After a period
with short-term container freight rates reaching record highs on many of the
major container shipping trades, long-term rates are now also experiencing a boost.
Particularly long-term freight rates between the Far East and the US have
jumped, copying the development in short-term contracts which have seen the
increase in freight rates to the US (both coasts) outpacing the rise in spot
rates to Europe.
Market analysis dry cargo
The increase in
long-term freight rates is in line with BIMCO’s expectations given the current
strength of the spot market. As many more containers are shipped on long-term
contracts compared with short-term ones, the long-term contracts are key to
Several hundred dollar jump in long-term rates overnight
into the US West Coast were the first to experience a jump, following a long
period of slightly declining rates. Between 30 September and 1 October, the
long-term rates rose to USD 2,052 per FEU from USD 1,496, equivalent to a 37.2%
jump. They have since fallen to USD 2,014 per FEU on 13 October. This is
however still 44.1% higher than the rate on the same day last year (USD 1,398
between the Far East and the US East Coast experienced an even stronger
increase than those into the West Coast, with rates increasing by USD 721 per
FEU; from USD 2,412 per FEU on 30 September to USD 3,133 per FEU on 1 October.
Once again, long-term rates have since declined, but at USD 3,207 per FEU, they
are still 25.7% higher than on the corresponding day in 2019.
Volumes on the rise after a weak start to the year
In the first six
months of the year, container volumes between the Far East and North America
were down by 8.5%, or around 300,300 TEU in absolute terms. Since then,
however, volumes in July and August have proven strong. Both months have
recorded stronger volumes this year than the corresponding months in 2019,
helping to pull the accumulated year-on-year growth rate up to -2.4%. Compared
to last year, container volumes were up by 180,000 TEU and 280,000 TEU in July
and August respectively.
With these strong
volumes, the Far East to North America trade is outperforming the development
in the rest of the world, with global container shipping demand down by 4.8% in
the first eight months of the year. Here, August was the first month to see
higher volumes this year compared with the same month last year (+212,000 TEU).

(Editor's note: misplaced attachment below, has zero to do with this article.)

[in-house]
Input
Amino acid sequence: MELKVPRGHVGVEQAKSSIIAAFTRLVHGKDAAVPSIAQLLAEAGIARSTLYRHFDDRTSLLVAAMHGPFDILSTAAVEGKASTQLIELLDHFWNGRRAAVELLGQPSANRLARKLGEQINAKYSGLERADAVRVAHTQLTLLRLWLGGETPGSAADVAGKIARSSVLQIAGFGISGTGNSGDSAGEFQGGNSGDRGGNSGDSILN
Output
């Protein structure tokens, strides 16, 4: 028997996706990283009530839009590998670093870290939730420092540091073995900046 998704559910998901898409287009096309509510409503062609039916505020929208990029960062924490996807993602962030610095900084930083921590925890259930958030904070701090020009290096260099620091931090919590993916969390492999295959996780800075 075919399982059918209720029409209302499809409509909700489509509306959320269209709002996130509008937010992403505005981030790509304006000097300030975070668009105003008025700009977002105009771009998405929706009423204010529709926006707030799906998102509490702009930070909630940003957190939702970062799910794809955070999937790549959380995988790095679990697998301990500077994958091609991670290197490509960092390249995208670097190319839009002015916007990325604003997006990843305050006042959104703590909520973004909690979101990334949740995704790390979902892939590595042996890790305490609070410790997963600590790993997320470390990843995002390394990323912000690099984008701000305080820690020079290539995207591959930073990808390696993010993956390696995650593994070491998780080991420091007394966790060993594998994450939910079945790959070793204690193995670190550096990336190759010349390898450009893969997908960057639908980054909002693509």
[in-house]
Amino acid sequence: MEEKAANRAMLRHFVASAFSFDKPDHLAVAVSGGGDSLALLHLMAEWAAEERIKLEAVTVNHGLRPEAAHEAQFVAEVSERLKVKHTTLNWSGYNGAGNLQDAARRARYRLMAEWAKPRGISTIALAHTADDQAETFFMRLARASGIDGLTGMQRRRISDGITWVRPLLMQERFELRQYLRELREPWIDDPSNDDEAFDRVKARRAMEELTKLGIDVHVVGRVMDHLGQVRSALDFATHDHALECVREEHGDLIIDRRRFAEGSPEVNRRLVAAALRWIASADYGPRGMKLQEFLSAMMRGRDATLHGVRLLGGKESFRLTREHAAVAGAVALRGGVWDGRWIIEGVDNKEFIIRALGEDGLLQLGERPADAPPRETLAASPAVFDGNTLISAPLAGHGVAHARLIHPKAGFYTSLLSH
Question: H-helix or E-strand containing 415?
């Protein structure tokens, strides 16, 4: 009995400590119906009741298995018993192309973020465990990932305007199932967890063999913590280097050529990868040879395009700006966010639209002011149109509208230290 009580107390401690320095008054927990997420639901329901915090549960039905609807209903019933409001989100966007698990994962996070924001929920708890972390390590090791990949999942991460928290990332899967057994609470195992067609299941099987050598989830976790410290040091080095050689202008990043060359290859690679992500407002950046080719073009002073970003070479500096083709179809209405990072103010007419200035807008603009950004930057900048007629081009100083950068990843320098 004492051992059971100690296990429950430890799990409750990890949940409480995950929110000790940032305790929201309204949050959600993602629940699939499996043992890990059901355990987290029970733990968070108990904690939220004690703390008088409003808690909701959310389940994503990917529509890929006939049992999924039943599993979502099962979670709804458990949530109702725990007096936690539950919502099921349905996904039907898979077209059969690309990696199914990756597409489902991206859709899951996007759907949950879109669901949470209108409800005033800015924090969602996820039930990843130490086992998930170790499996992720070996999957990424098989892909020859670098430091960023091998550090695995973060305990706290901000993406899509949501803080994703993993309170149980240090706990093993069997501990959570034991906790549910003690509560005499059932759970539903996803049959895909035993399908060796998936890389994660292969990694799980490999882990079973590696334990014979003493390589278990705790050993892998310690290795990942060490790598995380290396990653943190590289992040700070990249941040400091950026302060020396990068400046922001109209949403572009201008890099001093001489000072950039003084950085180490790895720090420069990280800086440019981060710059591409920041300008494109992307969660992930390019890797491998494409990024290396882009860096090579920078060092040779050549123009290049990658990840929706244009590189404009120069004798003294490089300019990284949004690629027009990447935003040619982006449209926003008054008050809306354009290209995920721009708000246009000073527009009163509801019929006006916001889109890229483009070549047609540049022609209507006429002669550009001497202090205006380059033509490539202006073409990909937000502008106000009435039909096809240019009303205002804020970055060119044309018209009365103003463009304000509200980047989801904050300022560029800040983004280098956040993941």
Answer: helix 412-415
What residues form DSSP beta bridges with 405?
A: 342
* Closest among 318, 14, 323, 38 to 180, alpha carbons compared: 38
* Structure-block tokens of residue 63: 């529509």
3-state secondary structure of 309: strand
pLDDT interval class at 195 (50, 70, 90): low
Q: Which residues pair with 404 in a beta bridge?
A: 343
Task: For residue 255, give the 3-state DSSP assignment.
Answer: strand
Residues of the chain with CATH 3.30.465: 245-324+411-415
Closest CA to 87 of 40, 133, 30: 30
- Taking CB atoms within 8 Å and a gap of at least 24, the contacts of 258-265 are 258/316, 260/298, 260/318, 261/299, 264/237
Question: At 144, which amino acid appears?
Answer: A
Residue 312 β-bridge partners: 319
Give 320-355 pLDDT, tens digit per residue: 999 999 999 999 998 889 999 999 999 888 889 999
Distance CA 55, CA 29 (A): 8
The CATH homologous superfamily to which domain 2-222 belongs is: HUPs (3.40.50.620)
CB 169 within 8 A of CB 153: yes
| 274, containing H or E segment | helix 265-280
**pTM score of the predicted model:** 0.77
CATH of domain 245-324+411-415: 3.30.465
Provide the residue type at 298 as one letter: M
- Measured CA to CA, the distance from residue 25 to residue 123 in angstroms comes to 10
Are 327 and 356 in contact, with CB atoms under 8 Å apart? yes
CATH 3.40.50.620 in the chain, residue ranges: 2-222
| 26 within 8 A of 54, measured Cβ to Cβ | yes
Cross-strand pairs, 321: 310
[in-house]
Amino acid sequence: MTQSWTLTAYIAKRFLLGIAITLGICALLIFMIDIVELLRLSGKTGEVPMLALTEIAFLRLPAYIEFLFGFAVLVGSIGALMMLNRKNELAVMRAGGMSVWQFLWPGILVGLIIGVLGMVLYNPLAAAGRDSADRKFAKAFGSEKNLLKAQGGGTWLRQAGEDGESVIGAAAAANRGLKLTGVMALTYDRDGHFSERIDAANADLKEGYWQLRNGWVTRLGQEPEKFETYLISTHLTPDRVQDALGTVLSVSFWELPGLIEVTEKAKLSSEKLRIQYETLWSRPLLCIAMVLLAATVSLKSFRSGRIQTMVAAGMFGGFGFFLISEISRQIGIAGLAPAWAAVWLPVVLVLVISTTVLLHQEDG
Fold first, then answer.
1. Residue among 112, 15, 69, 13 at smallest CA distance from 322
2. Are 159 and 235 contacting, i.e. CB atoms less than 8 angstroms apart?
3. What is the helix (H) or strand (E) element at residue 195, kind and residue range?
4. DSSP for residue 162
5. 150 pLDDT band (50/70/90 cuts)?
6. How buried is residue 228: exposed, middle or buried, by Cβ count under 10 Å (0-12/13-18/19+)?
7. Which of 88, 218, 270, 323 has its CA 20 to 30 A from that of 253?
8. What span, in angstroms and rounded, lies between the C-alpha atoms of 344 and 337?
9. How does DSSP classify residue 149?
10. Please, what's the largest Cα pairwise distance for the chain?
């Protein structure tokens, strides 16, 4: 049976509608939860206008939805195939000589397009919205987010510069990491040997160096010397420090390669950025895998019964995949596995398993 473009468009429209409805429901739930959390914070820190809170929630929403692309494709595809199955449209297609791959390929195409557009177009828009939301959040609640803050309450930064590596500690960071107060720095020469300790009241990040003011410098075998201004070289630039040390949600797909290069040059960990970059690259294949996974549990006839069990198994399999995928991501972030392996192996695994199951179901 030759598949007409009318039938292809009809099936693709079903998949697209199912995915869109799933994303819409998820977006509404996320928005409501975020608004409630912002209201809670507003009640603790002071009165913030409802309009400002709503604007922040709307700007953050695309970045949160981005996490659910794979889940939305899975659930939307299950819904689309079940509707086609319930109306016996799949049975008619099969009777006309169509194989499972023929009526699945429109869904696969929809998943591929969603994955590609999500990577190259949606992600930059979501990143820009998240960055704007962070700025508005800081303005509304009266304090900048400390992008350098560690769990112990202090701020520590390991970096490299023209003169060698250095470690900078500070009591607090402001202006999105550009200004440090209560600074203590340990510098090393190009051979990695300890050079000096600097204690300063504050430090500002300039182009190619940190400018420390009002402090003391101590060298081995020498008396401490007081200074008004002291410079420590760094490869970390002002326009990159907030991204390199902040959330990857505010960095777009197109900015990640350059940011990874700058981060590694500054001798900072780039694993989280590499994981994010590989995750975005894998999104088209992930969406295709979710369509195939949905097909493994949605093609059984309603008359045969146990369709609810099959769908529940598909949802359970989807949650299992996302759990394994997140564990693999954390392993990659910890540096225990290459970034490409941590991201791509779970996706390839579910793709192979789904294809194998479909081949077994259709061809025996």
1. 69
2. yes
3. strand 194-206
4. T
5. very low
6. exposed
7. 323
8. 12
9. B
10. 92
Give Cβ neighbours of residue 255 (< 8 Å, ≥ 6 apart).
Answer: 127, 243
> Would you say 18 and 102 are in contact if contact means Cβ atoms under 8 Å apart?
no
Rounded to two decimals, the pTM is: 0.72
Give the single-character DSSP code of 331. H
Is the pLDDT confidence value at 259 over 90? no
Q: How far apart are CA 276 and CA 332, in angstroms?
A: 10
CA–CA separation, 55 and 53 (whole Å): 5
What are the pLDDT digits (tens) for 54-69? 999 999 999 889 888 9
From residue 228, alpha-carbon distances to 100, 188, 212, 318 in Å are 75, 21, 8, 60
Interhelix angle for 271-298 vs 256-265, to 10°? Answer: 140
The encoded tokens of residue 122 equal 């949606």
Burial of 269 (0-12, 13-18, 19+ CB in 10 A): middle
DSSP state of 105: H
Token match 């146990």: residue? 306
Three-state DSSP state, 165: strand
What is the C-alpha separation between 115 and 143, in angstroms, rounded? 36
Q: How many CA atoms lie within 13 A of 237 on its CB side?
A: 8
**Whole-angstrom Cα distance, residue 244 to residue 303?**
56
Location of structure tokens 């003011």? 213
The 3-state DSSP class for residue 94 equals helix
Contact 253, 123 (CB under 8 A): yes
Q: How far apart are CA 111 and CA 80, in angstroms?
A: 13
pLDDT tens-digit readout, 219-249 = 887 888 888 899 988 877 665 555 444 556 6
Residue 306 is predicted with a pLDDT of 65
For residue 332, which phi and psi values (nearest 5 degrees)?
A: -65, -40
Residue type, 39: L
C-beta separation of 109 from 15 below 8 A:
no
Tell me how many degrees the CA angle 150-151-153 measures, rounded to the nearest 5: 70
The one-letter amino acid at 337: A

Retail sales are now up 0.9% compared to last year
almost 15% drop in retail sales in April as a result of lockdown measures in
the US, retail sales have since proved resilient. After the first eight months
of the year, retail sales are now up 0.9% compared to last year.
The robust demand
for goods means that container shipping has been less affected than overall
growth figures would suggest, as the industries suffering the most are less
reliant on trade. Container shipping into the US has been less affected than
what overall growth rates would suggest, as many of the hardest hit sectors
(eg, services) are less reliant on trade, than retail sales which have proven
quite resilient. Furthermore, the decline in imports in the first half of the
year mean inventories need restocking and importers may be looking to frontload
stock ahead of more potential disruption to supply chains from a second wave of
Rates to Europe see a more gradual and slow increase
Just as the rise
in spot rates was lower on routes between the Far East and Europe, the same is
the case for long-term rates. Unlike their US counterparts which increased by
USD 721 per FEU and USD 556 per FEU, long-term rates to North Europe from Asia
have seen a smaller and more gradual increase. They currently stand at USD
1,600 per FEU, USD 173 dollars higher than on 30 September.
The recovery in
volumes has been weaker compared to the recovery seen on the Far East to North
America trade. Between the Far East and Europe accumulated volumes are down by
10.3% in the first eight months of the year, a loss of 1.2 million TEU compared
to the same period in 2019.